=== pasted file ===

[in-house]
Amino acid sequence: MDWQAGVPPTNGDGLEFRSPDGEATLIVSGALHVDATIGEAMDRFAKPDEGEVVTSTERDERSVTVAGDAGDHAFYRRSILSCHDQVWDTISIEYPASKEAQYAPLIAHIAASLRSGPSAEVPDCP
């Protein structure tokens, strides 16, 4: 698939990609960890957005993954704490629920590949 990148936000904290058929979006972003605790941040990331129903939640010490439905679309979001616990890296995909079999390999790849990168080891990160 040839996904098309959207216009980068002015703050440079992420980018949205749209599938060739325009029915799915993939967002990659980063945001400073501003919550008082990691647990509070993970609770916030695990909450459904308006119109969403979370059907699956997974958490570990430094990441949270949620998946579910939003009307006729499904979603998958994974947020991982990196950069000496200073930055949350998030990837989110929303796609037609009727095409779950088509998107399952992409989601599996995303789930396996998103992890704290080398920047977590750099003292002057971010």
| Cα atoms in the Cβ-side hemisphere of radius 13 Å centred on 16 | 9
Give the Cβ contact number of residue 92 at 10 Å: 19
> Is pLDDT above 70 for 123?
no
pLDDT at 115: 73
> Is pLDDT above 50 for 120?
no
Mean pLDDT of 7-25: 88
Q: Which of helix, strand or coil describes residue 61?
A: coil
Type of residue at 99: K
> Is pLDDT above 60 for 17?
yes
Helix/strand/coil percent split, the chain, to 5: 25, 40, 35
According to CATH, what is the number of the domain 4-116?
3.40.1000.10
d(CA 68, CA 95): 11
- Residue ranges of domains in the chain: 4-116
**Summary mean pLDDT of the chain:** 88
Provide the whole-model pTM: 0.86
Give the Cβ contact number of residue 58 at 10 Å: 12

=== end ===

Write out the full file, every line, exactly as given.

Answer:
[in-house]
Amino acid sequence: MDWQAGVPPTNGDGLEFRSPDGEATLIVSGALHVDATIGEAMDRFAKPDEGEVVTSTERDERSVTVAGDAGDHAFYRRSILSCHDQVWDTISIEYPASKEAQYAPLIAHIAASLRSGPSAEVPDCP
């Protein structure tokens, strides 16, 4: 698939990609960890957005993954704490629920590949 990148936000904290058929979006972003605790941040990331129903939640010490439905679309979001616990890296995909079999390999790849990168080891990160 040839996904098309959207216009980068002015703050440079992420980018949205749209599938060739325009029915799915993939967002990659980063945001400073501003919550008082990691647990509070993970609770916030695990909450459904308006119109969403979370059907699956997974958490570990430094990441949270949620998946579910939003009307006729499904979603998958994974947020991982990196950069000496200073930055949350998030990837989110929303796609037609009727095409779950088509998107399952992409989601599996995303789930396996998103992890704290080398920047977590750099003292002057971010």
| Cα atoms in the Cβ-side hemisphere of radius 13 Å centred on 16 | 9
Give the Cβ contact number of residue 92 at 10 Å: 19
> Is pLDDT above 70 for 123?
no
pLDDT at 115: 73
> Is pLDDT above 50 for 120?
no
Mean pLDDT of 7-25: 88
Q: Which of helix, strand or coil describes residue 61?
A: coil
Type of residue at 99: K
> Is pLDDT above 60 for 17?
yes
Helix/strand/coil percent split, the chain, to 5: 25, 40, 35
According to CATH, what is the number of the domain 4-116?
3.40.1000.10
d(CA 68, CA 95): 11
- Residue ranges of domains in the chain: 4-116
**Summary mean pLDDT of the chain:** 88
Provide the whole-model pTM: 0.86
Give the Cβ contact number of residue 58 at 10 Å: 12